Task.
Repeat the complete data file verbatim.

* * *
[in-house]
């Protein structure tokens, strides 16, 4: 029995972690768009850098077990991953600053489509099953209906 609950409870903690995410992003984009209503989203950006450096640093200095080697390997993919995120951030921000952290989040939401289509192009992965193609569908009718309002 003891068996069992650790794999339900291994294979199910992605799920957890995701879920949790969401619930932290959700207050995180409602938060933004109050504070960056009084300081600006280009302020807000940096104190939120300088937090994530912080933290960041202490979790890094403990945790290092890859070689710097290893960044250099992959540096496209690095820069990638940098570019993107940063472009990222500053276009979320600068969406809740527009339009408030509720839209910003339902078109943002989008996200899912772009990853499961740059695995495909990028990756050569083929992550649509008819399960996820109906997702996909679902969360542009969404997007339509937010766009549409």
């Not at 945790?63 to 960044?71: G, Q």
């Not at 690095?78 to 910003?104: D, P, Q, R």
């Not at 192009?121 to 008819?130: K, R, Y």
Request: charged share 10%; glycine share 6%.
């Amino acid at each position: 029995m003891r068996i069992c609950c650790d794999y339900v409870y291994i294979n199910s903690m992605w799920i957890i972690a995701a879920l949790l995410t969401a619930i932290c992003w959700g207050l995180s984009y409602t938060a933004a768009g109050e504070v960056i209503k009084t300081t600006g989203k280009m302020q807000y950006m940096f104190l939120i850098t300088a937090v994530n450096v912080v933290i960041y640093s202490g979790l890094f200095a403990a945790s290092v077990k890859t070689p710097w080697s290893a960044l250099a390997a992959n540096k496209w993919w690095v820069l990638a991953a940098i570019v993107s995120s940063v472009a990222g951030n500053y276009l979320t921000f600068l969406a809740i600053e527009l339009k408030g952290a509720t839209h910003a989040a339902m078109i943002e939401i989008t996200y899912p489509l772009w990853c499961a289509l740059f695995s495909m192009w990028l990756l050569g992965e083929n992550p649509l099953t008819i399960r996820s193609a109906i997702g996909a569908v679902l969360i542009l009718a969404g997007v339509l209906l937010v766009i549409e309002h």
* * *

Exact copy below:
[in-house]
């Protein structure tokens, strides 16, 4: 029995972690768009850098077990991953600053489509099953209906 609950409870903690995410992003984009209503989203950006450096640093200095080697390997993919995120951030921000952290989040939401289509192009992965193609569908009718309002 003891068996069992650790794999339900291994294979199910992605799920957890995701879920949790969401619930932290959700207050995180409602938060933004109050504070960056009084300081600006280009302020807000940096104190939120300088937090994530912080933290960041202490979790890094403990945790290092890859070689710097290893960044250099992959540096496209690095820069990638940098570019993107940063472009990222500053276009979320600068969406809740527009339009408030509720839209910003339902078109943002989008996200899912772009990853499961740059695995495909990028990756050569083929992550649509008819399960996820109906997702996909679902969360542009969404997007339509937010766009549409």
């Not at 945790?63 to 960044?71: G, Q």
């Not at 690095?78 to 910003?104: D, P, Q, R």
């Not at 192009?121 to 008819?130: K, R, Y």
Request: charged share 10%; glycine share 6%.
């Amino acid at each position: 029995m003891r068996i069992c609950c650790d794999y339900v409870y291994i294979n199910s903690m992605w799920i957890i972690a995701a879920l949790l995410t969401a619930i932290c992003w959700g207050l995180s984009y409602t938060a933004a768009g109050e504070v960056i209503k009084t300081t600006g989203k280009m302020q807000y950006m940096f104190l939120i850098t300088a937090v994530n450096v912080v933290i960041y640093s202490g979790l890094f200095a403990a945790s290092v077990k890859t070689p710097w080697s290893a960044l250099a390997a992959n540096k496209w993919w690095v820069l990638a991953a940098i570019v993107s995120s940063v472009a990222g951030n500053y276009l979320t921000f600068l969406a809740i600053e527009l339009k408030g952290a509720t839209h910003a989040a339902m078109i943002e939401i989008t996200y899912p489509l772009w990853c499961a289509l740059f695995s495909m192009w990028l990756l050569g992965e083929n992550p649509l099953t008819i399960r996820s193609a109906i997702g996909a569908v679902l969360i542009l009718a969404g997007v339509l209906l937010v766009i549409e309002h």